Mailing out Christmas cards to family and friends is along held tradition for many people. Even in the age of social media, I still receive cards in the mail. I’ve never been much of a card sender (I’ve given cards out in person at family gatherings), but I still enjoy receiving cards.
This Christmas season, however, things are different. My divorce became final on November 29, 2018. Every card I received is addressed to me only, another subtle reminder of “the new normal.”I’m not saddened by it or anything, it’s just feels weird. My ex-wife and I lived in this same house for sixteen of our eighteen years of marriage and the Christmas cards come with both of our names on them. Now it’s just me.
I know getting over a divorce or any other life changing event is a process- spiritually, mentally, physically, emotionally, and financially. I am making adjustments day by day to be a better person and to find my way on my own. I have taken this time to count my blessings- my family has been very supportive, friends have reached out, I’ve joined a men’s group at church, I am more open and social at work, my ex-wife and I are on friendly terms, and my dogs are still crazy about me.
The holidays are often a depressing time for so many people and I’m trying to avoid that fate. I might be lonely, but I know I’m not alone. I will survive this Christmas and I know I will thrive in the new year.
After you devoted years of your life, time, energy, money, a listening ear, friendship, the other party- the spouse who has filed for divorce, the downsizing employer, the friend who betrayed you- inform you that your services are no longer needed. Where do you go from there?
When it comes to matters of business, such as being laid off or being forced into early retirement, that’s just the reality of the business world. To quote from the classic movie, The Godfather, “It’s not personal, it’s strictly business.”
However, when it comes to interpersonal relationships- marriage, long-term dating, friendship, family, how do you get over that feeling of being used when the relationship sours? How can you build trust with anyone else? As the finalization of my divorce looms, I’ve had to battle this feeling of being used. I know that’s not truly the case and deep down, I am battling a false perception, which I must overcome. False perception or not, my heart still stings.
As I write this, I am forty-one years old and twenty of those years- two years of dating and eighteen of marriage have been intertwined with someone else. Two lives became one and now they are two separate lives. I know I did everything I could to make it work and only reluctantly agreed to a divorce, but the hurt remains. These twenty years weren’t all bad, as there are many great memories, laughs, and good times, yet here I am alone.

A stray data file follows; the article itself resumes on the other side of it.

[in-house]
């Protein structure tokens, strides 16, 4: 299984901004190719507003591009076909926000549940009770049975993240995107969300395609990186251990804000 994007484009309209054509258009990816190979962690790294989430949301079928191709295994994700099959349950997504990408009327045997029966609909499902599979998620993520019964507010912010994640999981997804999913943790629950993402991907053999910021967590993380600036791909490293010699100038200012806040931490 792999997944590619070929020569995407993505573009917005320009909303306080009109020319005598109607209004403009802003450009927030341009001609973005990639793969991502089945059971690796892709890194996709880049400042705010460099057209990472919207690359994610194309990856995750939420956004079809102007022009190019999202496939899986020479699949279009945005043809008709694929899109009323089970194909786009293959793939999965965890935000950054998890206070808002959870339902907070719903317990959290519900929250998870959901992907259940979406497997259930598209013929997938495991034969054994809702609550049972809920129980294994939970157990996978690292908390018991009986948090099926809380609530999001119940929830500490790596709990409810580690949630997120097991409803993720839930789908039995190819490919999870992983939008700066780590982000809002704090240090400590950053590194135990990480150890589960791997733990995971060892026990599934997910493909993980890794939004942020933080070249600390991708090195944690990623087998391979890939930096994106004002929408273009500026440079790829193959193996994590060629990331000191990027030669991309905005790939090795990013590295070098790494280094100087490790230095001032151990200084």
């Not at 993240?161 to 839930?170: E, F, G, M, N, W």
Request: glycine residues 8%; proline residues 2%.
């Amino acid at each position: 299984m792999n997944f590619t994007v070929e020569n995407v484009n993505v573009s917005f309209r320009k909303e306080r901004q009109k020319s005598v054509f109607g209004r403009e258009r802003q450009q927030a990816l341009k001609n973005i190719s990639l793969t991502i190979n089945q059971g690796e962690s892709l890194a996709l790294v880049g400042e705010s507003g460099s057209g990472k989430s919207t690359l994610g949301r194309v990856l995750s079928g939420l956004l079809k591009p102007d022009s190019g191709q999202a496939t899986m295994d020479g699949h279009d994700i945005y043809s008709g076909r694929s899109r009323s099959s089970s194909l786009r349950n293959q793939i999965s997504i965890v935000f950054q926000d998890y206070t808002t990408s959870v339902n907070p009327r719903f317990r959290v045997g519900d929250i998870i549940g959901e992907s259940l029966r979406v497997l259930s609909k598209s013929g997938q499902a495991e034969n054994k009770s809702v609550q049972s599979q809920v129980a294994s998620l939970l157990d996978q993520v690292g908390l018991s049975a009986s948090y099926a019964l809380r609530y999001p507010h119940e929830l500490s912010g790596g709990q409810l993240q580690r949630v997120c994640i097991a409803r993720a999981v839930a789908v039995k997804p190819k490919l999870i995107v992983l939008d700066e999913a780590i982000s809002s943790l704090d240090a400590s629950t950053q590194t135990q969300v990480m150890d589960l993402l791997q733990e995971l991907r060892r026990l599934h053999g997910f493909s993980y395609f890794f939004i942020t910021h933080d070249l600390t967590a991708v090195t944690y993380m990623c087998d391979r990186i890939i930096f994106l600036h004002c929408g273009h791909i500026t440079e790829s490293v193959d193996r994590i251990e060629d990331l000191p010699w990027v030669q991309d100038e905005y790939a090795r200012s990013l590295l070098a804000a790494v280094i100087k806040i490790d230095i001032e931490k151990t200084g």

I know that divorce is a process. I have made strides and I am reconnecting with God. My family has also been a great source of strength during this time. I know as the time passes, I will right my perceptions. This shock wave will subside and I will move on with my life. This situation has truly rocked me to the core. I never thought I would be here.
Electronic devices have changed the way we live, work, communicate, entertain and inform ourselves. However, a tiny glitch, freeze, crash, or virus in our laptop, TV, phone, tablet, or gaming console can temporarily disrupt our lives and cause us frustration. When these issues arise, we can always reboot the device and hope that takes care of the problem. The manufacturer, knowing the fragility of the devices, provide us a way to reset when problems come up.
Wouldn’t be great if life had a reset button?
No matter what you are facing in life- the death of a love one, a divorce, a chronic sickness, job loss, depression, anxiety, or anything else life throws at us, we have a chance everyday to reset. Though we can’t change what has happened, we are able to change our perspective and response to the problem.
Instead of asking, “Why is this happening to me?” we ask, “What can I learn from this?” What if we were able to look at our difficulties as opportunities for growth? I’ve spent a lot of time in my life bemoaning “woe is me,” and wondering why events happened the way they did. If you are going through that, let me save you some time- that thinking is a dead end street. We always want to look for reasons or try to figure out where our situation fits in with a divine plan, but we are better off moving forward.
Changing our perspective and growing though life’s difficulties involves a lot of work- dirty, sweaty, grimy, yucky work. When we come to that point, we have to examine ourselves and work towards making today better than yesterday. You will have to face some truths about yourself, but you will also discover an inner strength and resolve to face the world.
The work doesn’t have to take years. If you are willing to work at it, you can get through it in a matter of months. You set the pace. In the months since my wife filed for divorce, I have spoken to a therapist, began the process of dealing with my depression and anxiety, I find time to meditate, and I have gone back to church. I don’t say that to brag, I know I have a long way to go. I am also dealing with chronic health problems as well, which affect my energy and mindset on a daily basis. Every morning I hear the alarm or the dogs whining to go out, I attempt to see the day as a chance to improve upon yesterday.